RAJKUMARI AMRIT KAUR -Indian Freedom Fighters Biography

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RAJKUMARI AMRIT KAUR -Indian Freedom Fighters Biography

RAJKUMARI AMRIT KAUR -Indian Freedom Fighters Biography

Rajkumari Amrit Kaur was born on February 2,1889 in Lucknow. She was the daughter of Raja- Harnam Singh of the Kapurthala royal family. She received her higher education in England.

After completing her education, she came in contact with Gopal Krishna Gokhale and Mahatma Gandhi. After that she entered the freedom struggle of India. She became an ardent Ghandhian. She actively took part in the Salt Satyagraha started by Gandhiji. In 1937, she was arrested on the charges of sedition.

Raja Harnam Singh enjoyed the confidence of many Indian National Congress (INC) party leaders, including Gopal Krishna Gokhale. After her return to India from England, Rajkumari got interested in India's freedom struggle through the occasional visits of those leaders to her father's home. After meeting in person Mahatma Gandhi in 1919 in Bombay (Mumbai), she felt drawn to his thoughts and vision for the country. The notorious Jallianwala Bagh massacre of Indian civilians the same year by the British Raj troops convinced her of the necessity of India's gaining its freedom from the Raj. She joined the INC, and began to participate in India's struggle for freedom, and also in social reform activities in India.

Rajkumari co-founded the All India Women's Conference in 1927, became its secretary in 1930, and president in 1933.

For her participation in Gandhi-led 240-mile Dandi march in 1930, British Raj authorities imprisoned her.

Rajkumari went to live at Mahatma Gandhi's ashram in 1934, and took up the austere life there despite her aristocratic background. She served as one of Gandhi's secretaries for sixteen years.

In 1942, she participated in the Quit India Movement, and the Raj authorities imprisoned her again.

Rajkumari served as the Chairperson of the All India Women's Education Fund Association. She was a member of the Executive Committee of Lady Irwin College in New Delhi . The British Raj appointed her as a member of the Advisory Board of Education; (she resigned from that Board during the Quit India Movement). She was sent as a member of the Indian delegation to UNESCO conferences in London and Paris in 1945 and 1946, respectively.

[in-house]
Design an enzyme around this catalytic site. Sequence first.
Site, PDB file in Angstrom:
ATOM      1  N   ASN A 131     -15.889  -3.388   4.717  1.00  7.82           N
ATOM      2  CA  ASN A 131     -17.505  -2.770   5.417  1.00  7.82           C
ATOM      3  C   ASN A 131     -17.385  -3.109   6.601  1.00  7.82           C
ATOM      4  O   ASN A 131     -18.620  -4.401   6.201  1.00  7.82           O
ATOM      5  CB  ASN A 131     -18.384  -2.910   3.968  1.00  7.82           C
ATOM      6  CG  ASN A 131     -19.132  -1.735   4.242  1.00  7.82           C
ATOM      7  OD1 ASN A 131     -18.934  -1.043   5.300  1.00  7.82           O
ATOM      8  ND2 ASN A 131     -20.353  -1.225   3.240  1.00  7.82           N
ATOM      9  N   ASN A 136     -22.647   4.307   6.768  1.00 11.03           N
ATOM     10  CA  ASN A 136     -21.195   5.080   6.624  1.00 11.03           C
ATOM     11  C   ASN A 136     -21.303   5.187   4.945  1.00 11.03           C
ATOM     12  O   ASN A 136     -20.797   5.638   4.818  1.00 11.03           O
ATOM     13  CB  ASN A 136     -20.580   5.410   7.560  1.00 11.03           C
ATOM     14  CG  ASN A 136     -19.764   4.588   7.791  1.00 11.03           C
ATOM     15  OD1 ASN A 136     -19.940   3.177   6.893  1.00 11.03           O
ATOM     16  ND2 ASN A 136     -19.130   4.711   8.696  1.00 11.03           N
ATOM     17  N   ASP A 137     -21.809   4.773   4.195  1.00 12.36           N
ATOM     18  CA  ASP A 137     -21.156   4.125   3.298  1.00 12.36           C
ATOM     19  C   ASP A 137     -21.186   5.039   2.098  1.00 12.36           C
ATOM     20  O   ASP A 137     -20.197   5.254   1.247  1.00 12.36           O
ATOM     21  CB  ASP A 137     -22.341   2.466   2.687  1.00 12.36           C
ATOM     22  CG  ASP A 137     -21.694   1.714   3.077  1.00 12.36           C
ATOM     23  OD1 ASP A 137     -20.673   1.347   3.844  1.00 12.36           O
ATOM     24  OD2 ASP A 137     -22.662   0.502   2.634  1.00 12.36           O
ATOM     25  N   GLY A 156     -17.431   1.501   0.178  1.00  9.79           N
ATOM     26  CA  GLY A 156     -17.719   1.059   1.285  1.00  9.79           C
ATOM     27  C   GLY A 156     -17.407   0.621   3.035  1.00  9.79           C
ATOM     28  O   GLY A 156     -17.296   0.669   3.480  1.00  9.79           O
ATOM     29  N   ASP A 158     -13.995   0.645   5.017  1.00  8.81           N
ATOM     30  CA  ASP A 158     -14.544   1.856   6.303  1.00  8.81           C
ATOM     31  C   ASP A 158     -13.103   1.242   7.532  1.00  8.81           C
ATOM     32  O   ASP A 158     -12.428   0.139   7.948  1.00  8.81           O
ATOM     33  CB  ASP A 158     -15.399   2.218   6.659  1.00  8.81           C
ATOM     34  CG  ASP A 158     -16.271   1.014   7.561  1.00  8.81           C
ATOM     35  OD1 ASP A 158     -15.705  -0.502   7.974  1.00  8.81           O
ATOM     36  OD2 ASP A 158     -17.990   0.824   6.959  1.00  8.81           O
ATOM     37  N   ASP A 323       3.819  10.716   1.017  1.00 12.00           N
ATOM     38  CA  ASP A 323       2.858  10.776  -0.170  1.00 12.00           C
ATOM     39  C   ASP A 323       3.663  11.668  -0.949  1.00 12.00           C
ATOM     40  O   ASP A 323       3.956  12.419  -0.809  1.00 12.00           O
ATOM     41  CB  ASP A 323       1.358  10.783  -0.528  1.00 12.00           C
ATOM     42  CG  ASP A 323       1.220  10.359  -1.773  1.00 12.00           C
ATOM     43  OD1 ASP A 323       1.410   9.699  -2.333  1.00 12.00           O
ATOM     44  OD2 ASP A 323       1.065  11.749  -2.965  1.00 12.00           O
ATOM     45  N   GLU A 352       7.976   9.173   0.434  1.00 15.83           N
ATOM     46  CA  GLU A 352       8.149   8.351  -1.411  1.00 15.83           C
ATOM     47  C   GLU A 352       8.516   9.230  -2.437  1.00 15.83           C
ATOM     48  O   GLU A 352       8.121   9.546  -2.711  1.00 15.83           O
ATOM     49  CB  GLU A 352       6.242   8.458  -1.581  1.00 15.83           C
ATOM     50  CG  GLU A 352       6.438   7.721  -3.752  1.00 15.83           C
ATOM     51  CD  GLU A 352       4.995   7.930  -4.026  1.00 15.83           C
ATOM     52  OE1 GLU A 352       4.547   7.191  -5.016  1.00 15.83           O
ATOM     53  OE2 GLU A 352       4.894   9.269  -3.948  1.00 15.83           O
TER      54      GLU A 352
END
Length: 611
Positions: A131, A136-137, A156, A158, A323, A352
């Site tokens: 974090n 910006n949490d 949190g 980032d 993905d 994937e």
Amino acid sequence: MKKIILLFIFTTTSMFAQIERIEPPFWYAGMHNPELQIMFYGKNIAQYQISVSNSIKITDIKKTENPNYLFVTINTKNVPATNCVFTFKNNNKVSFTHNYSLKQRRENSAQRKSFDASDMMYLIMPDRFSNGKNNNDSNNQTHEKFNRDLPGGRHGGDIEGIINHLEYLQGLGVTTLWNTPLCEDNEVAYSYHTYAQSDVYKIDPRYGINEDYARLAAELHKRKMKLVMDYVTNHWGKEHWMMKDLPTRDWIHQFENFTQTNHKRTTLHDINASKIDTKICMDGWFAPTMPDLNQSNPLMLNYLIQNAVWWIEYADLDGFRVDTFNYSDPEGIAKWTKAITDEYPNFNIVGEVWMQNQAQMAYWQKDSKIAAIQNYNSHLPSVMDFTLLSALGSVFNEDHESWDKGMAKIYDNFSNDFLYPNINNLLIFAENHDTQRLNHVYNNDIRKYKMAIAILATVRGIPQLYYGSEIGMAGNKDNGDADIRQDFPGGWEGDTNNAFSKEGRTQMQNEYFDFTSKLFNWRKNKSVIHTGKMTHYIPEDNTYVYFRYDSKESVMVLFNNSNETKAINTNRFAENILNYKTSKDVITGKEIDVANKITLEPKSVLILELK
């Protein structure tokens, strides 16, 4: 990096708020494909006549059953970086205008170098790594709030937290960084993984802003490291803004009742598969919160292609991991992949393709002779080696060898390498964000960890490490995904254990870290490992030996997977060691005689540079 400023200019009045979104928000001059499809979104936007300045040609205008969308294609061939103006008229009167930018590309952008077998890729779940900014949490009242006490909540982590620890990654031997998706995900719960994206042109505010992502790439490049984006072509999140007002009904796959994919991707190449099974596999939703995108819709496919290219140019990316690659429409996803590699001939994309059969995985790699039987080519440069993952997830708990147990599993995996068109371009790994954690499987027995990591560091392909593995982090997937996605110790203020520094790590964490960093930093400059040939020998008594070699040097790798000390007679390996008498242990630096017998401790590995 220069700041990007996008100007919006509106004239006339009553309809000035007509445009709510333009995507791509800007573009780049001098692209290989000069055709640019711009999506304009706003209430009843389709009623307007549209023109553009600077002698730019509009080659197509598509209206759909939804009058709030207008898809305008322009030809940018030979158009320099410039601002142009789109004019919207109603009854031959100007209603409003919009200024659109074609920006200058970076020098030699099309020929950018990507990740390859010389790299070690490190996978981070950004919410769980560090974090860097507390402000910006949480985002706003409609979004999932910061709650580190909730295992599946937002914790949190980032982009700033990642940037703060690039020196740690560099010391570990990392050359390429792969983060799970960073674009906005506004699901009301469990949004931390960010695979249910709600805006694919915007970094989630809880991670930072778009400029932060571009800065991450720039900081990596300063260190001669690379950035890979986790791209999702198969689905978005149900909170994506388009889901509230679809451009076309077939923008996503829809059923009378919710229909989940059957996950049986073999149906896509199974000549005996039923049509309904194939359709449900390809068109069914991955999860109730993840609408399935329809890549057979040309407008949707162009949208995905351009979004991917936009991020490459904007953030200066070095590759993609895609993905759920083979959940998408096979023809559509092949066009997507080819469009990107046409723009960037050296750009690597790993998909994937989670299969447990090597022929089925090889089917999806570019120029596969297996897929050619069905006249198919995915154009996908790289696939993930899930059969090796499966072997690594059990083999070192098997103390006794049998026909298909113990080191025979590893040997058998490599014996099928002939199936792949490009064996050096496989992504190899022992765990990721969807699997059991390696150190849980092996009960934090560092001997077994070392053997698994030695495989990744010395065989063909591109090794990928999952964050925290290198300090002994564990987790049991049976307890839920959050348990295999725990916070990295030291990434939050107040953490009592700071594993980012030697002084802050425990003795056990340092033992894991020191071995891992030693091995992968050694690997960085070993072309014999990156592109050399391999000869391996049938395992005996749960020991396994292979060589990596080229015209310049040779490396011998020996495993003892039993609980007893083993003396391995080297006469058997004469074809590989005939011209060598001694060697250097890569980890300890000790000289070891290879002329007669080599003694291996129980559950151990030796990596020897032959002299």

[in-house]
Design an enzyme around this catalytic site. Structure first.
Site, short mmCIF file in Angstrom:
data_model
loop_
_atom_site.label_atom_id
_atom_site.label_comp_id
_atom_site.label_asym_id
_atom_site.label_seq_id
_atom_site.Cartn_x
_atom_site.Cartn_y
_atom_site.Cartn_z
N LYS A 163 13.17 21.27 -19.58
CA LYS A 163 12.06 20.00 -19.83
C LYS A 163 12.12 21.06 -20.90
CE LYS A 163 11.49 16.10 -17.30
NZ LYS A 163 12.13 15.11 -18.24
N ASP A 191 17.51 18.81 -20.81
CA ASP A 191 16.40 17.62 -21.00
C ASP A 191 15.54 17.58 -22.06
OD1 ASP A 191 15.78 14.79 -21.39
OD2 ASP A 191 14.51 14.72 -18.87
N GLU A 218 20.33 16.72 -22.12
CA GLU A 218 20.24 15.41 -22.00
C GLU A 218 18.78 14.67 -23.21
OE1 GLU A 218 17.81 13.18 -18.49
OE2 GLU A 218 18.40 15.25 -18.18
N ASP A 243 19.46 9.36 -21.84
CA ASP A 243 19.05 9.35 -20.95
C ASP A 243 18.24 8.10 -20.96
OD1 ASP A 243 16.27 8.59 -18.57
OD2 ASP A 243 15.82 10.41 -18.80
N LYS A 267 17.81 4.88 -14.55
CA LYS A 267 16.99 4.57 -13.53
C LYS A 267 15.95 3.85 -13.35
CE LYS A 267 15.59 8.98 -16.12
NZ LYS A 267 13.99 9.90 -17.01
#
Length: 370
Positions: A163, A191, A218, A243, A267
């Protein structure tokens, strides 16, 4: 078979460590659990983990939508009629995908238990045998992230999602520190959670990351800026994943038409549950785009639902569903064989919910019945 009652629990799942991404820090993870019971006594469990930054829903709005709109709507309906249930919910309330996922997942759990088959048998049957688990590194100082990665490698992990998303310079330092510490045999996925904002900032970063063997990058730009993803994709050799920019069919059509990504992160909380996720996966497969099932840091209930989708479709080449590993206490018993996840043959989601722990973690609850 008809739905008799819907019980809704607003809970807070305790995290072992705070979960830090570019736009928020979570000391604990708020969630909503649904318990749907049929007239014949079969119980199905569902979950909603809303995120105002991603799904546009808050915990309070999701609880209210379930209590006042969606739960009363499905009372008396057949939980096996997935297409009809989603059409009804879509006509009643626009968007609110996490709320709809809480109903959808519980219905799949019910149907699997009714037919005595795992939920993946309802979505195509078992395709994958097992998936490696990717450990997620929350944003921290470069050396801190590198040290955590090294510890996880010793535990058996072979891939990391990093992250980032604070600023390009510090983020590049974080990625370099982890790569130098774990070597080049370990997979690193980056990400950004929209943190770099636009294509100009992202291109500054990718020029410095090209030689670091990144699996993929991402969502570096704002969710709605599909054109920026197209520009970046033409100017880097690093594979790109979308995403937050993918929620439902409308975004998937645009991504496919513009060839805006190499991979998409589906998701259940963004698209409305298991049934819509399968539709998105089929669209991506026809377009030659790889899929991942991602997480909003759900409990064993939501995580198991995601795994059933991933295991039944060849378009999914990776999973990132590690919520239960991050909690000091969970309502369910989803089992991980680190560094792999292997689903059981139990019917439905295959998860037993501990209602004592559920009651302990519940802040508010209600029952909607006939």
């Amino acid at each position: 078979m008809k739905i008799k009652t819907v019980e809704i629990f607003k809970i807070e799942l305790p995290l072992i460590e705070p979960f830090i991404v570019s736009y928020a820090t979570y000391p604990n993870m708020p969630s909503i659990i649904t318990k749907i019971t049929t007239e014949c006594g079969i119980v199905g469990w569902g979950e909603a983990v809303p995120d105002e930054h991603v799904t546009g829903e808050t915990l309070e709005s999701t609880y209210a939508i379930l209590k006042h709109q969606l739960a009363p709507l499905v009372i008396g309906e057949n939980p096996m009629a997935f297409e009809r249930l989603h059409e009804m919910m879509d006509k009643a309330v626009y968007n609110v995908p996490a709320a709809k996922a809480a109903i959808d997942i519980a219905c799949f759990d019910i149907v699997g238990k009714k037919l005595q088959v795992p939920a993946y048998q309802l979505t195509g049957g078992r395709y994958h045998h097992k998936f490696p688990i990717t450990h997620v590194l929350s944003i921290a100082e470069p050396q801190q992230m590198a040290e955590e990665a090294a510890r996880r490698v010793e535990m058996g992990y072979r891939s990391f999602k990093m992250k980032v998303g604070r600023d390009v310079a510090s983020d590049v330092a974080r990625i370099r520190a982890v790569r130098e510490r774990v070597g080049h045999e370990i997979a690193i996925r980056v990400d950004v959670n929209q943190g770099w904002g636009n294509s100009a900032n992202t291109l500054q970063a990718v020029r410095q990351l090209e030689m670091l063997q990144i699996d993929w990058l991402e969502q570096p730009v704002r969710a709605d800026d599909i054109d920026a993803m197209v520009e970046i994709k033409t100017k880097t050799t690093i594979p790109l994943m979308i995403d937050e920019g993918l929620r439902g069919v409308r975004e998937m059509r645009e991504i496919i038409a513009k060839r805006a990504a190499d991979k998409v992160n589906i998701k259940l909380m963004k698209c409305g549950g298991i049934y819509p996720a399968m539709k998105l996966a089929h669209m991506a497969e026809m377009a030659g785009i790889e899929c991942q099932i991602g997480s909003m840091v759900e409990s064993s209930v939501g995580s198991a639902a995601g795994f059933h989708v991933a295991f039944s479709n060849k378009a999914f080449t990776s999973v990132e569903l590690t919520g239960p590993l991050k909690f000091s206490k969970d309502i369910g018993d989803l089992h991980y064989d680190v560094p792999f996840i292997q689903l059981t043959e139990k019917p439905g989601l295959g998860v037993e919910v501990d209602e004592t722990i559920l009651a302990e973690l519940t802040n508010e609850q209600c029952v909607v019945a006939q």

Rajkumari worked to reduce illiteracy, and eradicate the custom of child marriages and the purdah system for women, which were prevalent then among some Indian communities.

After India's independence, Amrit Kaur became part of Jawaharlal Nehru's first Cabinet; she was the first woman to hold Cabinet rank. She was assigned the Ministry of Health. She was also elected the president of World Health Assembly in 1950, a position held by only two women in the first 25 years of the WHO's history.

In 1950, she was elected the president of World Health Organization, becoming the first woman and the first Asian to hold that post; for the first 25 years of that organisation's history, only two women held that post.

Kaur was a strong moving force behind the establishment of the All India Institute of Medical Sciences in New Delhi, and became its first president. For establishing the institute, she secured aid from New Zealand, Australia, West Germany, Sweden, and USA. She and one of her brothers donated their ancestral property and house in Simla, Himachal Pradesh to serve as a holiday home for the staff and nurses of the Institute.

Kaur served as the Chairperson of the Indian Red Cross. society for fourteen years. During her leadership, the Indian Red Cross did a number of pioneering works in the hinterlands of India. She initiated the Tuberculosis Association of India and the Central Leprosy Teaching and Research Institute in Madras. She started the Rajkumari Amrit Kaur College of Nursing and the National Sports Club of India.

From 1957 until her death in 1964, she remained a member of Rajya Sabha. Until her death, she continued to hold the presidencies of the All India Institute of Medical Sciences, the Tuberculosis Association of India, and the St. John's Ambulance Corps.

 

She had been awarded the Rene Sand Memorial Award. 



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